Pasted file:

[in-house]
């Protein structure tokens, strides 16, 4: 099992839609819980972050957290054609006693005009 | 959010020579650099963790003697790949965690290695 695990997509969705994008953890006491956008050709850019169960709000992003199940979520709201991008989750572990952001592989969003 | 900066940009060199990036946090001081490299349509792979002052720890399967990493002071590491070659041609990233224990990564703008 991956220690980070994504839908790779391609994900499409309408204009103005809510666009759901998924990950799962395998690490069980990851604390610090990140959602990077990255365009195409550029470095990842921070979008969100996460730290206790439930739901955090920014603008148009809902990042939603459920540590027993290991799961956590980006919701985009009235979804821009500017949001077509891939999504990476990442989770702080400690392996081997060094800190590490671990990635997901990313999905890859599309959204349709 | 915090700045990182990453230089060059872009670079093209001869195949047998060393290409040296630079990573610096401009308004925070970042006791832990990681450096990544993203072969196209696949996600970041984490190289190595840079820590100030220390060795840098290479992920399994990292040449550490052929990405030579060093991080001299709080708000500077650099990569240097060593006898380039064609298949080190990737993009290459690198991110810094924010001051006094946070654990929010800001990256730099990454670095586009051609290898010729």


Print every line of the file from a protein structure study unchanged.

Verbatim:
[in-house]
């Protein structure tokens, strides 16, 4: 099992839609819980972050957290054609006693005009 | 959010020579650099963790003697790949965690290695 695990997509969705994008953890006491956008050709850019169960709000992003199940979520709201991008989750572990952001592989969003 | 900066940009060199990036946090001081490299349509792979002052720890399967990493002071590491070659041609990233224990990564703008 991956220690980070994504839908790779391609994900499409309408204009103005809510666009759901998924990950799962395998690490069980990851604390610090990140959602990077990255365009195409550029470095990842921070979008969100996460730290206790439930739901955090920014603008148009809902990042939603459920540590027993290991799961956590980006919701985009009235979804821009500017949001077509891939999504990476990442989770702080400690392996081997060094800190590490671990990635997901990313999905890859599309959204349709 | 915090700045990182990453230089060059872009670079093209001869195949047998060393290409040296630079990573610096401009308004925070970042006791832990990681450096990544993203072969196209696949996600970041984490190289190595840079820590100030220390060795840098290479992920399994990292040449550490052929990405030579060093991080001299709080708000500077650099990569240097060593006898380039064609298949080190990737993009290459690198991110810094924010001051006094946070654990929010800001990256730099990454670095586009051609290898010729």